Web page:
In 2004, when everybody wanted to be in Mayfair and Fitzrovia, Ziba Ardalan, born in Iran, whose career was developed between the US and Switzerland, arrived from New York and decided to found a contemporary art organization in the far end of the cosy central London. A Victorian furniture factory, which were the studio of the Turner Prize nominee Peter Doig by that time, has become the home of one of the best places in London to experience contemporary art made today. Acclaimed artists such as Charles Avery, who represented Scotland at the Venice Biennale, or Leah Capaldi, who performed at the Serpentine Galleries last summer and described Ardalan as her "fairy godmother", exhibited at Parasol unit first.
Shinro Ohtake, 'Time Memory 28' (detail), 2014. 220.5 x 300.5 x 10.5 cm. Courtesy of the artist and Take Ninagawa, Tokyo
The current show by Shinro Ohtake ends on the 12th of December. Ohtake, one the leading artists in Japan, moves easily from drawing to video, from installation to sculpture, but his collage works, be it on a panel, be it on three-dimensional objects, are perhaps his strongest form. He has the sharp ability to absorb elements of the contemporary Japanese society and spit it out into a journey of discovery and learning when admiring his works.
Katy Moran, 'Joe's in Town', 2012, acrylic, paper, leather and collage on board, 55.2 x 87.6 cm. Courtesy Walker Art Center, Minneopolis, Justin Smith Purchase Fund 2013.
The next exhibition by the London-based painter Katy Moran, which opens on the 15th of January, is a rediscovery of a traditional medium such as painting. Although abstract at first glance, Moran portrays figures that requires a closer look and an interesting narrative, invented by the viewer and therefore unique, unravels. Her paintings are beautifully fluid and like a good painter plays with the subconscious on a different level.
Ziba Ardalan, founder and curator of Parasol unit, kindly agreed to respond to the following questions:
1. Can you tell us a bit about Parasol unit? Where did the name come from? And why in Hackney?
I wanted to give it a general name and not the name of a specific person. This place is about making people welcome. I thought of 'umbrella', because it encompasses various activities we do here, but it seemed a bit sad, so I opted for 'Parasol'. It is positive and radiant but all by itself misses something, so when a friend suggested 'unit', it clicked. The two words somehow complement each other perfectly and express what this foundation is about: promoting contemporary art for the public benefit, a welcoming residency for artists in the summer and an important educational element. Hackney reminded me of SoHo in New York in the 70s before it became fashionable as it is happening now here.
2. What is your background? What was your PhD about?
I think I was born as a curator, although I first studied Physical Chemistry and did post-doctoral works at the Massachusetts Institute of Technology. Somehow there was always a creative side and an analytical side in me. So, after two years of working in scientific research, I decided to move from science to art. Scientists and artists are quite similar, because intuition is a crucial part of their work. This has always been very important to me as a curator - when selecting artists and their works for an exhibition or the timing of their exhibition. Anyhow in the early 1980s I went to Columbia University, NY, to study and gained a Masters degree in Art History. This was followed by attending the Independent Study Programme (ISP) for Curating and where I had Vicente Todolí, the former director of the Tate Modern, as a classmate. In 1984, I curated a show about the American painter, Winslow Homer, who started in the late nineteenth Century as a genre painter and moved to almost abstraction in the early 1900s. Homer's works were all over East Coast of America, so I had to travel to small museums and private collections to convince them to lend works to the exhibition - it was a great experience for a first time curator.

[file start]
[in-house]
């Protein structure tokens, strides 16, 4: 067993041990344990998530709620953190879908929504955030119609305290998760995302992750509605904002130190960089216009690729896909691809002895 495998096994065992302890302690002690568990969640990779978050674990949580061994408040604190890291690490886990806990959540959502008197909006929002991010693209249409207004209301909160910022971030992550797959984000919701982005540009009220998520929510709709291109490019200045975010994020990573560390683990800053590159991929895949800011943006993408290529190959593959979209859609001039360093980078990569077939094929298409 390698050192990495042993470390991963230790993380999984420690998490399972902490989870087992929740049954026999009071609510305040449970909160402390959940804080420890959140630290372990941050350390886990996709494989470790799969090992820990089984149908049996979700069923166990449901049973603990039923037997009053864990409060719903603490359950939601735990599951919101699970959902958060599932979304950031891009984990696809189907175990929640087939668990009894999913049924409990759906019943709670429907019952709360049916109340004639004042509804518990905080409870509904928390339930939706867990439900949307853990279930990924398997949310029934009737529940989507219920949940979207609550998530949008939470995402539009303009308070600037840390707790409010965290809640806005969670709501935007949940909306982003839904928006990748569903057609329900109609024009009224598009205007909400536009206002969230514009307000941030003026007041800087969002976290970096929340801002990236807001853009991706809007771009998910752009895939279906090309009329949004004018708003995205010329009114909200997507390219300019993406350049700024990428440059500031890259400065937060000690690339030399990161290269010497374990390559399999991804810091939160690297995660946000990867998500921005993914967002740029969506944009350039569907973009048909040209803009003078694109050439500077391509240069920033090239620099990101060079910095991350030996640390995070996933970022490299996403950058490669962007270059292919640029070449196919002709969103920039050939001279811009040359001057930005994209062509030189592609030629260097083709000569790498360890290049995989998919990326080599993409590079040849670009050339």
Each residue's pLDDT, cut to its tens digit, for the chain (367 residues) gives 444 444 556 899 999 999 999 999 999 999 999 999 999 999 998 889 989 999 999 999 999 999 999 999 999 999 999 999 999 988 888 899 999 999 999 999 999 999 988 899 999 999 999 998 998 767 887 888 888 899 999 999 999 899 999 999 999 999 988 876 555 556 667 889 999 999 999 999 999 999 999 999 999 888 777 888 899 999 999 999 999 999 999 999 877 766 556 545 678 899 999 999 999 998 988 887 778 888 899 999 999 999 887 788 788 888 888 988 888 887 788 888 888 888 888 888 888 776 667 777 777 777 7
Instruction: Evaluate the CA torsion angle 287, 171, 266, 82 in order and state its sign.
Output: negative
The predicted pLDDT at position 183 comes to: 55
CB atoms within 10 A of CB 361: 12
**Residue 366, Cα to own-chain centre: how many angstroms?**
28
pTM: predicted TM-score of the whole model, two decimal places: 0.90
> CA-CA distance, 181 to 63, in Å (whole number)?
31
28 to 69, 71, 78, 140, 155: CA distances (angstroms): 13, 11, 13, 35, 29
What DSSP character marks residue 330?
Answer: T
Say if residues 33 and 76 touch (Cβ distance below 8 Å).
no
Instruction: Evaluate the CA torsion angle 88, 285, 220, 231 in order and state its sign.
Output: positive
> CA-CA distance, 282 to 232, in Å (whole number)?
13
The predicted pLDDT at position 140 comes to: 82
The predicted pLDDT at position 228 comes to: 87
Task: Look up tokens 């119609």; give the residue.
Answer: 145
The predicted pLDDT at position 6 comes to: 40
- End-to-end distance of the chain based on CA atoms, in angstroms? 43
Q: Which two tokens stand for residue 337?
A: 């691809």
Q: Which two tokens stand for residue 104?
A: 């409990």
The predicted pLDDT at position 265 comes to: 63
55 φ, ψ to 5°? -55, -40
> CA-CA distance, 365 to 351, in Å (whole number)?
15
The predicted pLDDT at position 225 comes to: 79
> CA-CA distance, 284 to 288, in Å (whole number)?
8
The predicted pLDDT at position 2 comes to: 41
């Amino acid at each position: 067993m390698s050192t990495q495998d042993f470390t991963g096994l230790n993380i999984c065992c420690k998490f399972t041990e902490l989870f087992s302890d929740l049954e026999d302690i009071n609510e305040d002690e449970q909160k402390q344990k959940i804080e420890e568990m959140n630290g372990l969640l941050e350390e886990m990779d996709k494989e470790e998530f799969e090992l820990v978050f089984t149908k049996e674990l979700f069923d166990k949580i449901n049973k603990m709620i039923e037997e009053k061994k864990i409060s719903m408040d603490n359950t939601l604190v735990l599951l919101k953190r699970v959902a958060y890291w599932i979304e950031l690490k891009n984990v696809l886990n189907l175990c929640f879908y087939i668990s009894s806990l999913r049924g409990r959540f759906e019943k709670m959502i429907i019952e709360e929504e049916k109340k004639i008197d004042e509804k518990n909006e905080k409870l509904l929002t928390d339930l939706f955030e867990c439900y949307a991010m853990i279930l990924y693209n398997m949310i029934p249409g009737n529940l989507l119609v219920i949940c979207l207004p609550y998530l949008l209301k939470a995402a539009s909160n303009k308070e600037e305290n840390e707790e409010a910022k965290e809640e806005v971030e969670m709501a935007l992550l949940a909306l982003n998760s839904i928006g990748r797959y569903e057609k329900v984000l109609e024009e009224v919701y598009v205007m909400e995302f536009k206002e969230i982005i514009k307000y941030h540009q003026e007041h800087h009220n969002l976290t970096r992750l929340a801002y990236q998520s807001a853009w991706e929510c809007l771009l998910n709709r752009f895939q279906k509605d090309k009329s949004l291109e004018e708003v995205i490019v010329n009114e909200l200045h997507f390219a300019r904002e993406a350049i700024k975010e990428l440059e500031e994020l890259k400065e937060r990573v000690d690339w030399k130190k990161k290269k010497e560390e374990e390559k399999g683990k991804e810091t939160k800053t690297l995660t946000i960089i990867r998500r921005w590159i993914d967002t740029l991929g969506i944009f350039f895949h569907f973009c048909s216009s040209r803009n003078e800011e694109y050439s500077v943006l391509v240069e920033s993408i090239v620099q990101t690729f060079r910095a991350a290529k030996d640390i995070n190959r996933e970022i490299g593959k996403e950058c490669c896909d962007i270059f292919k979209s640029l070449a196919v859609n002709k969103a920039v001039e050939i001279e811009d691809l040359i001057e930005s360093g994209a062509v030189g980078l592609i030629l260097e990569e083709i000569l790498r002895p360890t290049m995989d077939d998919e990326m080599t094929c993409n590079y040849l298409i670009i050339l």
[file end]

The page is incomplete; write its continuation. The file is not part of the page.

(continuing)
3. At the last charity auction, artists such as: Antony Gormley, Isaac Julien and Yinka Shonibare were very complimentary about Parasol unit. How do you feel about it? What do you think it is the reason?
I am humbled and honoured by those wonderful comments. My passion for art is genuine and I suppose that could be one of the factors artists appreciate. I work very hard to give those artists exhibiting at Parasol unit great exposure and I am willing to take risks when exhibiting lesser known artists. It is very encouraging to continue when I have the support of such talented and successful artists.
4. Can you summarise in three phrases why people should come to see the show by the Japanese artist Shinro Otake before it ends on the 12th of December?
I love the freedom with which Ohtake executes his works, even after having exhibited at prestigious events such as Documenta or Venice Biennale, indeed he carries on as usual. It is a lesson that an artist or a non-artist can apply to their practice, job or even in their daily life: freedom of thoughts. This exhibition shows his creativity and confidence and is a unique opportunity to discover why he is one of the leading Japanese artists.
5. Finally, can you give us an advance of the next exhibition? Why did your team decide to invite Katy Moran?
Although Moran has only ten years of painting practice behind her, I love the innovative way she goes about painting. Moran has absolutely no allegiance to the history of painting and in the process has created a whole new language, particularly in figurative painting.
For more information about Parasol unit, the current exhibition by Shinro Ohtake and the next exhibition by Katy Moran, please visit the website www.parasol-unit.org